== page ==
Yesterday our parliament had a rather long debate on if we should extend our bombing operations in Iraq into Syria to join the multinational effort to tackle Da’esh. There’s been an awful lot said about this both before and after the vote so I’m afraid I’m unlikely to add any massive insight, but for what it’s worth here’s my rambling take on matters.
Whilst Mr Cameron did make a bit of an idiot mistake in casting the “terrorist sympathizer” comment a bit wide, it is sadly true that both Mr Corbyn and Mr McDonnell have track records of sympathizing with terrorist. This probably wasn’t the time to bring that up – especially as it meant that a fair chunk of the debating time was wasted by people demanding an apology, one call for an apology would probably be enough. On the subject of terrorism it seems that an awful lot of people are confused about what that actually means, for instance the state of Saudi Arabia may be a brutal medieval pathetic excuse for a state that sponsors terrorist actions but it is not a terrorist group. Likewise with Russia and every other example I’ve seen being used to say that Mr Cameron also is a terrorist sympathizer. He isn’t, he may be a horrible human, he may get far too close to abhorrent regimes, these regimes may even sponsor terrorism but that isn’t the same thing as sympathizing with terrorism/terrorists. Should we demand he takes a stronger line with these regimes? Of course but that is a separate question. I’m not quite sure where the supporters of Mr Corbyns new gentler kinder politics fit in with their threats of violence made against politicians that disagree with them, I suspect just “idiots”. Though it may not be that far from idiocy to violence and terrorism, as the tweeted threats pf death and violence and the protest outside an MPs house tends to demonstrate.
Did the vote represent the views of the populace? I have no idea and quite frankly neither does anyone else. No one is in the position to say that the majority of their constituency didn’t support it or the majority of the population don’t. On the constituency level only the MP and their staff know what communication they have with their constituents, on the national level we have polls but as the last election showed you can’t exactly trust those. So yes the MPs may have voted against the will of the majority of the populace, or they may not we’ve no idea. It was a free vote so the best we can hope for is that they had done their research, paid attention to the speeches made (many of which by some accounts were very good) and then weighed everything up and made the best decision they good taking into account the present views of their constituents. Perhaps not all of them did, perhaps some of them voted for vested interest and self advancement; but we don’t know. I’m against people being charged for crimes of thought and speech so it only seems fair to extend the same courtesy to our representatives, after all many of them do more than enough to let us condemn them by their actions. If you disagree with the way your MP voted ask them to explain themselves.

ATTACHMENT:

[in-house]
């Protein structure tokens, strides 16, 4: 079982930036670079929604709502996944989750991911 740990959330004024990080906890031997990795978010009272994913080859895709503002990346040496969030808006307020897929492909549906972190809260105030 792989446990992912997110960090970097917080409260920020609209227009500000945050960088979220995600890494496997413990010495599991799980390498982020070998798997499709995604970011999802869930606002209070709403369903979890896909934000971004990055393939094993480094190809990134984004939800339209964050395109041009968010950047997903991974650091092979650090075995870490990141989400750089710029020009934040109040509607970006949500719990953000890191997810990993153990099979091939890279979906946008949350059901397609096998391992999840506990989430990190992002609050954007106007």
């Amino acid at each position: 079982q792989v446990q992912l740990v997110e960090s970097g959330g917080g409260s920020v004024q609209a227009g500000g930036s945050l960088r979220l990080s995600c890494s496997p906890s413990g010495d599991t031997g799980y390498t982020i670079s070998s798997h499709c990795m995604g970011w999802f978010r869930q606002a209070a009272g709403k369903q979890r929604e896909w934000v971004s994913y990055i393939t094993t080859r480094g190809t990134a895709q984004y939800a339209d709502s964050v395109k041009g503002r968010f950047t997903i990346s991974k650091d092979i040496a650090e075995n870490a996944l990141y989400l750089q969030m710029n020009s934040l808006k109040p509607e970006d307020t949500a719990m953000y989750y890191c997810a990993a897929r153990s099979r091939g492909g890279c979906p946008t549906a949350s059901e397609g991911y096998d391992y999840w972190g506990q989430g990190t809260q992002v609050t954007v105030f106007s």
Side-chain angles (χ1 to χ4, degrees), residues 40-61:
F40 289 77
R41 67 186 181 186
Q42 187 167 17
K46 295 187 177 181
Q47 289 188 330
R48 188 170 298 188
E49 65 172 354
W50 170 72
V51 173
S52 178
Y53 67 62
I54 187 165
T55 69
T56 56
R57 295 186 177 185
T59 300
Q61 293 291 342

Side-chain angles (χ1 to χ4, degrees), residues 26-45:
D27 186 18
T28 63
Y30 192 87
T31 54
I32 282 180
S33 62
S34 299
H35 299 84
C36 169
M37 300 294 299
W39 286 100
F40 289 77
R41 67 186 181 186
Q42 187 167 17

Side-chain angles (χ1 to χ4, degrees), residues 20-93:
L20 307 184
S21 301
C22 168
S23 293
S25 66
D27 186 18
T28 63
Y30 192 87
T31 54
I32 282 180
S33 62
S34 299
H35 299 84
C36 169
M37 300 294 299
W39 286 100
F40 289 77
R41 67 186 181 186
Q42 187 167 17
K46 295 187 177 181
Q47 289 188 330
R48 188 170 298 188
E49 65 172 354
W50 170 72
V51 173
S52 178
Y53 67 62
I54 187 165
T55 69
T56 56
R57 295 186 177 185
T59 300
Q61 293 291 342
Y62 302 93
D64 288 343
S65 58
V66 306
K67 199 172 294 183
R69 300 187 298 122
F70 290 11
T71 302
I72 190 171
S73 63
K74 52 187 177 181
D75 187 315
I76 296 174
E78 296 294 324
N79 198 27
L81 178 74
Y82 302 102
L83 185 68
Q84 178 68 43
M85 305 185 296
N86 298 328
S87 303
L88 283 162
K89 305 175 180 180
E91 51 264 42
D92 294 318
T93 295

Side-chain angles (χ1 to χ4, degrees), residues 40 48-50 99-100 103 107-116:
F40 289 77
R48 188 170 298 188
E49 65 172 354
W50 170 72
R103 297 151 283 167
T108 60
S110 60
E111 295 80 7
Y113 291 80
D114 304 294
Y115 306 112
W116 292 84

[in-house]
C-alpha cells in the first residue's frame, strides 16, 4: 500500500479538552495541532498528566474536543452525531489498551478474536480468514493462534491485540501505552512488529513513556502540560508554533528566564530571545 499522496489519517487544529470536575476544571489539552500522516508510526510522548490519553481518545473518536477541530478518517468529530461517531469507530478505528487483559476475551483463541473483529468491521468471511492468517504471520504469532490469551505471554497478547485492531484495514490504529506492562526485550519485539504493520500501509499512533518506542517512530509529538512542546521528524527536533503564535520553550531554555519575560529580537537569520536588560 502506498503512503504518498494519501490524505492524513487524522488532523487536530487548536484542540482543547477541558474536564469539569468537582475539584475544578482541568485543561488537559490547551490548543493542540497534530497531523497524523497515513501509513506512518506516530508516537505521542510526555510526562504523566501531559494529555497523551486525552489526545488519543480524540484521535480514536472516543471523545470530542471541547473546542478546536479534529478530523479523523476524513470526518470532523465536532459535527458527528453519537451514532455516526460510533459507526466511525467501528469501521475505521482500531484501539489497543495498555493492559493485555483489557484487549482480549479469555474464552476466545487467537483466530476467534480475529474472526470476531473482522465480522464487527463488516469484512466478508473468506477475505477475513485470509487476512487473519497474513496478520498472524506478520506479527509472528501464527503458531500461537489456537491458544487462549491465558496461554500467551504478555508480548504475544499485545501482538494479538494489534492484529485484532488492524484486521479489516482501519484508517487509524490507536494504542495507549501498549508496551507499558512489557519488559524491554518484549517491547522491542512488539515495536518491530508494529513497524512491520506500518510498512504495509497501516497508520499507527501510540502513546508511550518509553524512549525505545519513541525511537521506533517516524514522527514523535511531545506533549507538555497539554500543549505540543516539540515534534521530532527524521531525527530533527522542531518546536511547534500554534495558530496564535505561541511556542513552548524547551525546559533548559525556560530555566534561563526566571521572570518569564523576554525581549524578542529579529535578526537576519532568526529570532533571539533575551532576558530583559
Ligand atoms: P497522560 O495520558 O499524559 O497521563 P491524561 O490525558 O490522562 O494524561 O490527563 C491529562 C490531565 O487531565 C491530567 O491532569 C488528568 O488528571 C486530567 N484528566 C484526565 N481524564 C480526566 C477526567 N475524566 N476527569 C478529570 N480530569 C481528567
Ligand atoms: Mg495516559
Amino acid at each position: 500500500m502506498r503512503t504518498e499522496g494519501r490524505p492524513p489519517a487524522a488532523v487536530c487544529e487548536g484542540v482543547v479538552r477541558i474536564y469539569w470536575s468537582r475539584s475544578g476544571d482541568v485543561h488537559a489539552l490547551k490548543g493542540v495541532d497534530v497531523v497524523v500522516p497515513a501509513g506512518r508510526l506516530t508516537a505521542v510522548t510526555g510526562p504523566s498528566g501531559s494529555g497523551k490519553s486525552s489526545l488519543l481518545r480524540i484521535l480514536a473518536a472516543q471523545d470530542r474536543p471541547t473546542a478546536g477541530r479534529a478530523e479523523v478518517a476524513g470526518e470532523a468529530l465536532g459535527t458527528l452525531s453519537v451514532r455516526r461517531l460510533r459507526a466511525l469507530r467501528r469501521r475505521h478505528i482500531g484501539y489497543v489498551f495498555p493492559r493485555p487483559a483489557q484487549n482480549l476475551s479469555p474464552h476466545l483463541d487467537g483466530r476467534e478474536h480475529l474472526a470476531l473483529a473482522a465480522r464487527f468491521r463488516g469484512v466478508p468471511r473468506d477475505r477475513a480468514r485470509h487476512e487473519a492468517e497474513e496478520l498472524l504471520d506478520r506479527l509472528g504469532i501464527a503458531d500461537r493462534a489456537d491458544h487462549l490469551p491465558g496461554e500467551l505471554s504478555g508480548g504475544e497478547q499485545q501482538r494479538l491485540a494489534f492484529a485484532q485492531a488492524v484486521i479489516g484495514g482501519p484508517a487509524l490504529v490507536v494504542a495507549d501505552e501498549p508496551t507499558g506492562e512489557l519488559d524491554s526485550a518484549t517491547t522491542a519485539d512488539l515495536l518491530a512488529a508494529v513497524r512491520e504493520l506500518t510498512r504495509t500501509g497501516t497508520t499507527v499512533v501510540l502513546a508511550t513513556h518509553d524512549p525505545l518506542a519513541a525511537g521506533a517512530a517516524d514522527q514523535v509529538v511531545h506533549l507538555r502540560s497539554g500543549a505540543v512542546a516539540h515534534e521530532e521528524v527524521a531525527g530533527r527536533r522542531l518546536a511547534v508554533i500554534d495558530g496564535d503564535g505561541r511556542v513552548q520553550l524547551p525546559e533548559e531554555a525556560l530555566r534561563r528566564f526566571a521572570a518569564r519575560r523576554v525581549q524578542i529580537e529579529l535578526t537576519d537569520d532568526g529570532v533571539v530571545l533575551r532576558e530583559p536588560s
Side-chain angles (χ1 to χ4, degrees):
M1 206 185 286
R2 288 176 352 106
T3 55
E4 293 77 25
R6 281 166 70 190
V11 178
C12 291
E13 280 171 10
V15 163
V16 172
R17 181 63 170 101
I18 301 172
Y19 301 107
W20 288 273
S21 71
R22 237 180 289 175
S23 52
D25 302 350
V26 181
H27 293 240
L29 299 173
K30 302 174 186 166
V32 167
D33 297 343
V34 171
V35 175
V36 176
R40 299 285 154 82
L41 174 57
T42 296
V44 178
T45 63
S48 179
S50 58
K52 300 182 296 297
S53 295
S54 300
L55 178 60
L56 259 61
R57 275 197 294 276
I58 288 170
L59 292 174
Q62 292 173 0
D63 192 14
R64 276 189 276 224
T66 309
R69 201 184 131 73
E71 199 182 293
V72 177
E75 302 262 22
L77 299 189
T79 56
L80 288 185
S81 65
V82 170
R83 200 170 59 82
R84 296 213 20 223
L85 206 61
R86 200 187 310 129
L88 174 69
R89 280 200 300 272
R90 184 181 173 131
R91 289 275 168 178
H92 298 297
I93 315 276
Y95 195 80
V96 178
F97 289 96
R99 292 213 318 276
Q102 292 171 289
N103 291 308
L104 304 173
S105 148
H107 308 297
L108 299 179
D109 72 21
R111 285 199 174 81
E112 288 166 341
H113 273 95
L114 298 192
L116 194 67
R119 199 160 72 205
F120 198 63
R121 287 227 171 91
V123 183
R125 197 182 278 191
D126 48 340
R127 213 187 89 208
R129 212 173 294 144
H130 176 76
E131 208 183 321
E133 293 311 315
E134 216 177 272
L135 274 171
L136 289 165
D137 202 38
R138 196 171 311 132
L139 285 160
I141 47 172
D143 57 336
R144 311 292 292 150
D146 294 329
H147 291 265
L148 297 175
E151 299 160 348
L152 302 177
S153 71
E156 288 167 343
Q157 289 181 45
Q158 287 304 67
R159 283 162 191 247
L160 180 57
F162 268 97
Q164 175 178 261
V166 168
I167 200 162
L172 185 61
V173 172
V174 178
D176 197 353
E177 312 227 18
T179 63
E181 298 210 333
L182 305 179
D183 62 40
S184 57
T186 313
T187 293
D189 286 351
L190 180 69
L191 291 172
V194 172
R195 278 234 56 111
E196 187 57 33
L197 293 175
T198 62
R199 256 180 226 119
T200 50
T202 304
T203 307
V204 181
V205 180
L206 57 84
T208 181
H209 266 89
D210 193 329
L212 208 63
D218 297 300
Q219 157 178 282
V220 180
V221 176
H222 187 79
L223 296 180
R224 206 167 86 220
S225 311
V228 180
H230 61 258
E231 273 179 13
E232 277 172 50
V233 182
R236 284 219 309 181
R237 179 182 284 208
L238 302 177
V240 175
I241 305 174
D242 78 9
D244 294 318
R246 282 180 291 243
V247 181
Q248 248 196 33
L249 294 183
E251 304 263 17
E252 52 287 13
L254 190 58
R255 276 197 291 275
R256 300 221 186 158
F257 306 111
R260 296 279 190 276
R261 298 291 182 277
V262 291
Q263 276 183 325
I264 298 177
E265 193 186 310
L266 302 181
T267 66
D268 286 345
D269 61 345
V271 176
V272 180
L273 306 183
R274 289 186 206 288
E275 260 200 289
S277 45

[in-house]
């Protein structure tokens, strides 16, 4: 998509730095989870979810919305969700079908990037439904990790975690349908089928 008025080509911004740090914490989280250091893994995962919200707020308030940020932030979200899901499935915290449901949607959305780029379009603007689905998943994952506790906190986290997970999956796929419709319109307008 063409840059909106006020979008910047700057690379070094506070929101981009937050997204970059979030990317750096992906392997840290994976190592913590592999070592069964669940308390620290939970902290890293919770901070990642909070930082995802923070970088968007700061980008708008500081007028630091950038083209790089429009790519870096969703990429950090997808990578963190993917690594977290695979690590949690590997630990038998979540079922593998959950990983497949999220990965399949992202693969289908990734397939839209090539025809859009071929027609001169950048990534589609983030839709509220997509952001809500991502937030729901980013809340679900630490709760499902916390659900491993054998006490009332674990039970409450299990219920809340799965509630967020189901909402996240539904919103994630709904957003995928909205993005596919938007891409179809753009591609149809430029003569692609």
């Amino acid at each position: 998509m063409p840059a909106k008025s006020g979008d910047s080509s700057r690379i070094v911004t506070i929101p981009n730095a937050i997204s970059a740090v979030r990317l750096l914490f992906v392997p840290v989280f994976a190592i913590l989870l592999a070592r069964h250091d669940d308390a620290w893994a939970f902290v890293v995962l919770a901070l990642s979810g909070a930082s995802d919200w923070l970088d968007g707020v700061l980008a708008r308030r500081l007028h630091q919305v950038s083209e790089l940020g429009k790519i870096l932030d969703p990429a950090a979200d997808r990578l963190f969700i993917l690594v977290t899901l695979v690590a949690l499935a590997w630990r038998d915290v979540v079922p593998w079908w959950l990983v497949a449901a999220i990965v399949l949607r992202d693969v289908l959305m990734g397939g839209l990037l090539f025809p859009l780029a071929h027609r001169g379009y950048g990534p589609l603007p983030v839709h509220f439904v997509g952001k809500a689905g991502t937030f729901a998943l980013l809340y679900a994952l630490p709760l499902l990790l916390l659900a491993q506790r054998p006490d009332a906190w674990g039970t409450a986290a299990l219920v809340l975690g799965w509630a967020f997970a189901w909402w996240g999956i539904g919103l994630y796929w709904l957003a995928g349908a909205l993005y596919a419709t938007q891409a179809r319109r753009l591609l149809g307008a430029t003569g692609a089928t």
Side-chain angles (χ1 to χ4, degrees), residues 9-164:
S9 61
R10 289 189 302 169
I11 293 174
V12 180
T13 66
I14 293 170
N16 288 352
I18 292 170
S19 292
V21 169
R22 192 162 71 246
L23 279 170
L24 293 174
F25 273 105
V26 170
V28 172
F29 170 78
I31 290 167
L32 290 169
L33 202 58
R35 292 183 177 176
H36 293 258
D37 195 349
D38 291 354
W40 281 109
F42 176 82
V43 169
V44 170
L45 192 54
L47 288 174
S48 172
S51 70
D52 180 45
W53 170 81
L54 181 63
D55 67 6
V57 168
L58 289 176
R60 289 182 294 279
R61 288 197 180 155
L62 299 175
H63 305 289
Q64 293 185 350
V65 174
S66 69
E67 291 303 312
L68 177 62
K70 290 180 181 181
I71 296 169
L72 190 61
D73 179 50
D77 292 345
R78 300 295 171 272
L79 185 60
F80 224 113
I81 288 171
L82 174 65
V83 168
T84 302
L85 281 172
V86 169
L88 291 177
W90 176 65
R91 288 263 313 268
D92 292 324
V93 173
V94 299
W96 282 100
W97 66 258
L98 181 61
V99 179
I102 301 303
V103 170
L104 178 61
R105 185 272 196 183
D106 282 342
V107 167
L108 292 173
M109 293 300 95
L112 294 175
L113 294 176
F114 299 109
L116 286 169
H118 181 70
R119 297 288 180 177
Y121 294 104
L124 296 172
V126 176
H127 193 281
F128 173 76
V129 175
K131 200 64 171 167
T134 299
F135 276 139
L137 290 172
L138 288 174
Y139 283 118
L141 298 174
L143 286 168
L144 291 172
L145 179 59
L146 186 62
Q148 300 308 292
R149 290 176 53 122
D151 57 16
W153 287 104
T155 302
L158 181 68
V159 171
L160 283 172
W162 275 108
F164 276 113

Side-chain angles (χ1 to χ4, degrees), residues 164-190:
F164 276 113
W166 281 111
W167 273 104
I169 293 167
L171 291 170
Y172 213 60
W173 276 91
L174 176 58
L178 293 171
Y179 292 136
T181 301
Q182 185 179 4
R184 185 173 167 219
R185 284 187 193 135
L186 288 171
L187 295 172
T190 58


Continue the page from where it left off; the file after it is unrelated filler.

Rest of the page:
That aside the vote has been taken and we’re extending our operations, that it is an extension of operations explains why the RAF were able to conduct an airstrike on oil infrastructure so quickly after the vote – no need of conspiracy theories there. Was it the right vote, for my money I think it was. It’s not the complete answer but it is part of it. As has been pointed out before the various airstrikes commenced there was fears that Da’esh would soon over run all of Syria, today they hold less land than they have done and seem to be very much on the back foot. That they’re on the back foot may well explain the increased attacks outside of Syria; they need headlines and “victories” to support the myth of their success and the legitimacy of their claim to being a state. No one wants to join a bunch of losers that are being slowly bombed and fought out of existence. Which is another point to remember, whilst the countries conducting the air strike may not have any official boots on the ground (as the term goes) but that doesn’t mean there aren’t people on the ground fighting. It is to be hoped that those on the ground fighting Da’esh get more benefit from us dropping bombs on Da’esh positions than we cause problems. On that note it has also been pointed out that if we were hitting schools and hospitals we can be fairly sure that there would be videos showing such things, they get out videos of beheadings and throwing people of buildings after all so photo’s of civilian casualties and blown up schools should be no trouble. Absence of evidence isn’t evidence of absence but in this case it does suggest there likely haven’t been huge numbers of civilian casualties.